Who are the managers and leaders of today’s installing security companies? Don’t you really want to know? Who are the people dedicated to promoting safety and protection, and who possess the business acumen and technical know-how that has elevated the industry and continues to drive electronic security forward? Where do they come from? What is their experience? What are their beliefs? How do they run their businesses? What are their commonalities, and differences? If this is your peer group, don’t you really want to know more about your colleagues and competitors, and see how you stack up?
Wonder no more. To answer these and so many more riveting and relevant questions, SSI has released the results of its third, biannual Security Industry Demographic Census. The 2010 study polled nearly 300 managers from all levels of installing security dealer and systems integration organizations. Conducted by the research team at Bobit Business Media, SSI’s parent company, the project was further solidified by the participation of the Electronic Security Association (ESA), Central Station Alarm Association (CSAA) and (ISC organizer) Reed Exhibitions.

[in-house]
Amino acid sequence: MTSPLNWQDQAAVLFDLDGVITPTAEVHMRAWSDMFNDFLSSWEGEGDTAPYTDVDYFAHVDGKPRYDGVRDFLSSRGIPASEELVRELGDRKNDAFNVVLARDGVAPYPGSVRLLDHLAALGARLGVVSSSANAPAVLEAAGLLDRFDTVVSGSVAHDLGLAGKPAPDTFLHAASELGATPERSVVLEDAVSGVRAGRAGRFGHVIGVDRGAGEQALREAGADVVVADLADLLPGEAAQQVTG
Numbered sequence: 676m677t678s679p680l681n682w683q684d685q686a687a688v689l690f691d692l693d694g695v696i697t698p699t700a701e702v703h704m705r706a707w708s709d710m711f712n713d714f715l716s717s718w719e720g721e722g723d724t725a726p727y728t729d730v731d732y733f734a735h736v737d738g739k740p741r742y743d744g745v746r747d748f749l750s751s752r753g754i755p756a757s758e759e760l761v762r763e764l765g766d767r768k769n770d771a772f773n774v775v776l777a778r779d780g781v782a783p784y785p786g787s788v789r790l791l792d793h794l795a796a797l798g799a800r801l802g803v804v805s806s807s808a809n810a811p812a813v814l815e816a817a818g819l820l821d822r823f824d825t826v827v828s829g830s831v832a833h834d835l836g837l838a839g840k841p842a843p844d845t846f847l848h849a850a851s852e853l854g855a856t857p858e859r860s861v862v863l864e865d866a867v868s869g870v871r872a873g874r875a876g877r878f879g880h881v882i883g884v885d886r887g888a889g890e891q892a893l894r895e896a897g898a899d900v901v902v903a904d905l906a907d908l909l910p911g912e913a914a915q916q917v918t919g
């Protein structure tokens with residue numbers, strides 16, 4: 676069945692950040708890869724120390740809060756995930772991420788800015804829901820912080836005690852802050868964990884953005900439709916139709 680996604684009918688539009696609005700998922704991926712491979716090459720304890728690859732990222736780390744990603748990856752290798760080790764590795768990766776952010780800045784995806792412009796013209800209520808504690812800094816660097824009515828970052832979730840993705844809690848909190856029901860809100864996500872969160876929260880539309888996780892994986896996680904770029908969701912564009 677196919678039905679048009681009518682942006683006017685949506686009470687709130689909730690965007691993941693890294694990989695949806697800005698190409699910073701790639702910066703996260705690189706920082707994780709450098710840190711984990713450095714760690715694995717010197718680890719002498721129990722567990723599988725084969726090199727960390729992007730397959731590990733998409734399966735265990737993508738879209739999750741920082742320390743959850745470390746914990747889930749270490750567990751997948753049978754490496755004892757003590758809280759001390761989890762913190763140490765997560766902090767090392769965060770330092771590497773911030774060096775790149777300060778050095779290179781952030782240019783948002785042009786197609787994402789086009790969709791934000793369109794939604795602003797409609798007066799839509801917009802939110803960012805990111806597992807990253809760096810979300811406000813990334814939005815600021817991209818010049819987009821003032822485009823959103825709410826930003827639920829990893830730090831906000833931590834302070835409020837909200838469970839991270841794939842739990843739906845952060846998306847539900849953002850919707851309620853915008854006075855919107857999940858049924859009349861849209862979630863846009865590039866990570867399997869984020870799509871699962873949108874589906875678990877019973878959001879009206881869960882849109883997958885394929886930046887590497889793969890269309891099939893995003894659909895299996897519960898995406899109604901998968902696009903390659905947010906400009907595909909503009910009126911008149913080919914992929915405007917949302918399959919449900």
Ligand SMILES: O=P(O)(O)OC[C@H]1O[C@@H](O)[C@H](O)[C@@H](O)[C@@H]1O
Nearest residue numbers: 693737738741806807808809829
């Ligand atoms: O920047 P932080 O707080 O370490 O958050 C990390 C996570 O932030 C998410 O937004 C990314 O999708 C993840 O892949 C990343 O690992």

Taking the evolving industry, dynamic business climate and tempestuous economy into account, the Industry Census has been accordingly enhanced, modified, and expanded. While some of the findings are what one might expect, others are rather startling.
In general, managers at security installation firms are college-educated, Republican, 50-year-old Caucasian males who are married with three kids and have spent at least 20 years in the industry. Meanwhile, most say they are working long hours in the face of higher stress and fl at or less financial compensation.
From an operations standpoint, 84 percent of companies conduct background checks of prospective employees, retirement benefits are down but profit-sharing opportunities are up, vehicle fleets have been slashed, and “greenness” is not a high priority.
The full story unfolds in the colorfully presented data that follows.